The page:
Turkey demands Gülen's extradition from US, doubts value of ally that sides with terror

Published 02.08.2016 14:09
Updated 02.08.2016 22:29
Turkey demands Gülen's extradition from US, doubts value of ally that sides with terror

Ankara filed a second application for the extradition of Fethullah Gülen, the leader of the July 15 coup attempt, from the U.S. as top Turkish officials from President Erdoğan on down question the value of an ally that ignores terrorist threats to Turkey

Ankara has sent a second request to the U.S. for the detention and extradition of Fethullah Gülen, the Pennsylvania-based, fugitive, retired imam accused of masterminding the thwarted July 15 coup attempt, Justice Minister Bekir Bozdağ announced Tuesday. As Ankara pushes for Gülen's detention, President Recep Tayyip Erdoğan yesterday questioned the alliance with the U.S.

"What kind of partners are we if you request documents when we ask for a terrorist?" Erdoğan asked the U.S. administration, which has been asking for evidence to extradite Gülen. Suggesting that the failed Gülenist putsch had international links, Erdoğan said: "The coup attempt had domestic actors, but its scenario was written abroad, but they left this nation out of their equation." Bozdağ told reporters in Ankara on Tuesday that Turkey made the request after a demand for Gülen's extradition was made on July 19. Bozdağ said: "We wrote and sent it, saying: 'There are serious claims and statements that Gülen has a finger in the coup attempt. That is why he needs to be immediately arrested. We have intelligence that he could flee to a third country.' " Erdoğan added that Turkey's Western allies lacked support after the coup attempt and sided with the plotters. "Unfortunately, the West supports terror and sides with coup plotters," he said.

​Criticizing the U.S. administration for harboring the FETÖ ringleader Fethullah Gülen, Erdoğan said, "The main [financial] sources of Gülenists are charter schools operating within the U.S." In addition to the criticism of the U.S., President Erdoğan railed at police and gendarmerie intelligence for failing to inform him and the prime minister about the coup attempt. "Not only the National Intelligence Organization [MİT], but police and gendarmerie intelligence did not warn any authorities either and turned against us as enemies," he said.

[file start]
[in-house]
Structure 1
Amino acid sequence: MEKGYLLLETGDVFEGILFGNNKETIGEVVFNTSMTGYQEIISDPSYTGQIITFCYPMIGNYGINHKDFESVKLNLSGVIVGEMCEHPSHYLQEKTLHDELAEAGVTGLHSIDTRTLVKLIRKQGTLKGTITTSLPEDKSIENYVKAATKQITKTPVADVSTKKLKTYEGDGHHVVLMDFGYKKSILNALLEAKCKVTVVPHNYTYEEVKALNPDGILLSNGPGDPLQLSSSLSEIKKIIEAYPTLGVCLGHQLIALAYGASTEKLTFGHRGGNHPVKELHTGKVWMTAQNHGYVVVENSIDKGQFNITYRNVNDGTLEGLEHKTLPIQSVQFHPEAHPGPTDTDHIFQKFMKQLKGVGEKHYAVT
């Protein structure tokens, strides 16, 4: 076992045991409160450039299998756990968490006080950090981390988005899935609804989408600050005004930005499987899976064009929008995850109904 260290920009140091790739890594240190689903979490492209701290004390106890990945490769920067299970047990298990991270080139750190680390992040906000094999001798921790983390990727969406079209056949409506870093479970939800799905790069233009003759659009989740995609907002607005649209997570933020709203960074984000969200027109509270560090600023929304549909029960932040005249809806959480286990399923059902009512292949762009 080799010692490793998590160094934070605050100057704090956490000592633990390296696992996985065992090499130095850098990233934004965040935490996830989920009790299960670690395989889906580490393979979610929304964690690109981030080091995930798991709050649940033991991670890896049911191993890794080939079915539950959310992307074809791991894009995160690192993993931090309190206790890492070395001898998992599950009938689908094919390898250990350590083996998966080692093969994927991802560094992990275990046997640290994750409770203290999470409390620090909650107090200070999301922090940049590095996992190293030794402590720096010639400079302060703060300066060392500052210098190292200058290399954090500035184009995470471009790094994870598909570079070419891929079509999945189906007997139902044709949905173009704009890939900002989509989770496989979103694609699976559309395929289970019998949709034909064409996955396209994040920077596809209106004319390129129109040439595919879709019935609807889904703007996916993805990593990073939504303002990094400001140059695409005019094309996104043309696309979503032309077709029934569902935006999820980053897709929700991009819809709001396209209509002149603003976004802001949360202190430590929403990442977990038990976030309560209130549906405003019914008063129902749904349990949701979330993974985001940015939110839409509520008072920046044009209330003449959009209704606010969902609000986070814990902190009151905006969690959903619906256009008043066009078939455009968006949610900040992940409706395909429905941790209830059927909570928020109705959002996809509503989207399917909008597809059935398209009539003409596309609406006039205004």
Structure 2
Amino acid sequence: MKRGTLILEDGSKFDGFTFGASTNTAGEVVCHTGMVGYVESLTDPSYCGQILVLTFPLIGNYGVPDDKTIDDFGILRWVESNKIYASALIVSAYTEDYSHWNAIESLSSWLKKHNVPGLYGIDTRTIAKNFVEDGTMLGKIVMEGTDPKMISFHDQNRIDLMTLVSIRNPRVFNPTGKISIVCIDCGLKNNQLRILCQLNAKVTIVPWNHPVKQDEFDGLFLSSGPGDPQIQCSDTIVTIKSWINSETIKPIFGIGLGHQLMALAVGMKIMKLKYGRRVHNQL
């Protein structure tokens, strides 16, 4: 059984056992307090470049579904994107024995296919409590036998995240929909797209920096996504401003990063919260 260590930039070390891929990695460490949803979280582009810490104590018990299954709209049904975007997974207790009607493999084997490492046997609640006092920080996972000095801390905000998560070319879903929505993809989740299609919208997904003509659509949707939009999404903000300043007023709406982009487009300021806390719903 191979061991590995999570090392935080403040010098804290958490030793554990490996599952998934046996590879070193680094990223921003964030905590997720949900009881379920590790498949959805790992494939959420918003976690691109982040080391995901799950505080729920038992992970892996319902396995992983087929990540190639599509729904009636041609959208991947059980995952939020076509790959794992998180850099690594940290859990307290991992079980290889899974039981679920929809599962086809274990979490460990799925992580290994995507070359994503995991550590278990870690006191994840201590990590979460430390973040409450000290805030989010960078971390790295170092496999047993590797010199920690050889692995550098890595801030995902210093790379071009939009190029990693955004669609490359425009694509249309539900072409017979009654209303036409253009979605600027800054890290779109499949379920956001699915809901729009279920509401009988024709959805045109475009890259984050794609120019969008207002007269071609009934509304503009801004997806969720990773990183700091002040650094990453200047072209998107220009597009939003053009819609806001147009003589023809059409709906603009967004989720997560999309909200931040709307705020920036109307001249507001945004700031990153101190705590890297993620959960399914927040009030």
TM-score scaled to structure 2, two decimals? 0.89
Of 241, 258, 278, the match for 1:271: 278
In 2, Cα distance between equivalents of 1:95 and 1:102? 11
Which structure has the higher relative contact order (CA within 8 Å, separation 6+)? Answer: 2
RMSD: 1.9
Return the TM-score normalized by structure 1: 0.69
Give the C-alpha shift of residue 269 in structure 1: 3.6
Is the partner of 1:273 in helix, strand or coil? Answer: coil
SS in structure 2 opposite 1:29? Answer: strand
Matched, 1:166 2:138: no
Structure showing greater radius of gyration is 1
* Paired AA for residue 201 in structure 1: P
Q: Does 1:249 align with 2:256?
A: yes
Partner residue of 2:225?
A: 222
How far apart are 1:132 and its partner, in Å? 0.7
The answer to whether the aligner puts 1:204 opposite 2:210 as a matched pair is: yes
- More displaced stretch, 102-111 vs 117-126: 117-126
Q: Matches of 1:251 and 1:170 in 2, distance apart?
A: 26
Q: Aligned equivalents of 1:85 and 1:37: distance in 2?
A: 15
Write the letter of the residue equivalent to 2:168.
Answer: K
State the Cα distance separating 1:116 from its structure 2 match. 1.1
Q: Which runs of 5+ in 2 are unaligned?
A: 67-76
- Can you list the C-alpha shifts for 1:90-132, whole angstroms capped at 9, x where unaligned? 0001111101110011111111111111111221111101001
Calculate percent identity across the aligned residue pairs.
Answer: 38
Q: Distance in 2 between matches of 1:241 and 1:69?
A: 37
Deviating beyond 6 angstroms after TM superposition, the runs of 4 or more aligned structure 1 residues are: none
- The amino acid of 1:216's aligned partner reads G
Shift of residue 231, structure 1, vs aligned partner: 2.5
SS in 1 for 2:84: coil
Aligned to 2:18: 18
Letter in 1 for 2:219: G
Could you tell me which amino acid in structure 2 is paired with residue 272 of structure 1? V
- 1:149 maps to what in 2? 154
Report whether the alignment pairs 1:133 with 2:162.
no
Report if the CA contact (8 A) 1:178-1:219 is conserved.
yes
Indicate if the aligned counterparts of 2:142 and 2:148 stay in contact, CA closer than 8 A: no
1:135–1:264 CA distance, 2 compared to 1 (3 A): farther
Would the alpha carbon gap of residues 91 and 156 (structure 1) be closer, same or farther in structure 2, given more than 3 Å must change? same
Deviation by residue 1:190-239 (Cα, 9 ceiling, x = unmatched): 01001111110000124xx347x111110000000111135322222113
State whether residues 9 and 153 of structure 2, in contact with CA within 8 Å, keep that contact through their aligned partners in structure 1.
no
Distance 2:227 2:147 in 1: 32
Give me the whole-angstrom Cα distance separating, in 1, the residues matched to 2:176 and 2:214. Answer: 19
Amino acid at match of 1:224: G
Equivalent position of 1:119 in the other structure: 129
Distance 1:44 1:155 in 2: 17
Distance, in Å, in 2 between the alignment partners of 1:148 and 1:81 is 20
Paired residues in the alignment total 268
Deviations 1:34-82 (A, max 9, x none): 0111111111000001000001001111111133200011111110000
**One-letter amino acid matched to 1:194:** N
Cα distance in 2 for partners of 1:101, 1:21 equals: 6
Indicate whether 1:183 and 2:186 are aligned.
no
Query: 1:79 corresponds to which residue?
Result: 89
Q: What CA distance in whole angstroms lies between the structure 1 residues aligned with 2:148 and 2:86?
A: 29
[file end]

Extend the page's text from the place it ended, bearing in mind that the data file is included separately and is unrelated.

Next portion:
Bozdağ said Gülen cannot leave the U.S. without government permission or approval. He added that if the U.S. allows Gülen flee to another country, relations between Turkey and the U.S. would be "negatively" affected.

Bozdağ said he hoped that the U.S would meet the requirements of a democratic state governed by the rule of law, and extradite Gülen to Turkey. "I think that the U.S. can no longer keep such a guilty person there under any circumstances."

Turkey's government has repeatedly said the deadly July 15 coup attempt was organized by followers of Gülen and members of the Gülenist Terror Organization (FETÖ).

Gülen is accused of being behind a long-running campaign to overthrow the state through the infiltration of Turkish institutions, particularly the military, police and judiciary, forming what is commonly described as a "parallel state."

Turkey wants the U.S. to detain him temporarily, out of concerns that he may flee the country. In late July, Turkey requested that the U.S. detain Gülen temporarily, shortly after Prime Minister Binali Yıldırım announced that Turkey had submitted four dossiers asking for his extradition.

Although Turkey's demand that the U.S. extradite Gülen has not yet been fulfilled, Turkish media has speculated that Gülen may be preparing to flee and take refuge, possibly in Canada, after the U.S. said they would be willing to consider extradition to Turkey.

Last year, Turkey publicized the Gülen Movement's illegal activities in the U.S.

Despite calls from Ankara for Washington to detain Gülen and extradite him to Turkey, U.S. officials have asked for concrete evidence linking him to the coup attempt.

Yıldırım has expressed disappointment at the Obama administration's support, or lack, likening the impact of the coup attempt to the Sept. 11, 2001 attacks that shook the U.S.

Yıldırım told the Wall Street Journal, "The evidence is crystal clear. We know the terrorist cult responsible for the vicious attacks against us and the Turkish people. We simply cannot understand why the U.S. cannot just hand over this individual."

Yıldırım pointed out that many coup plotters had confessed to their crimes during interrogation. WhatsApp conversations confirming the coup plan and videos showing former high-ranking police officers inside coup tanks that attacked civilians, indicate the responsibility of FETÖ in the coup attempt.

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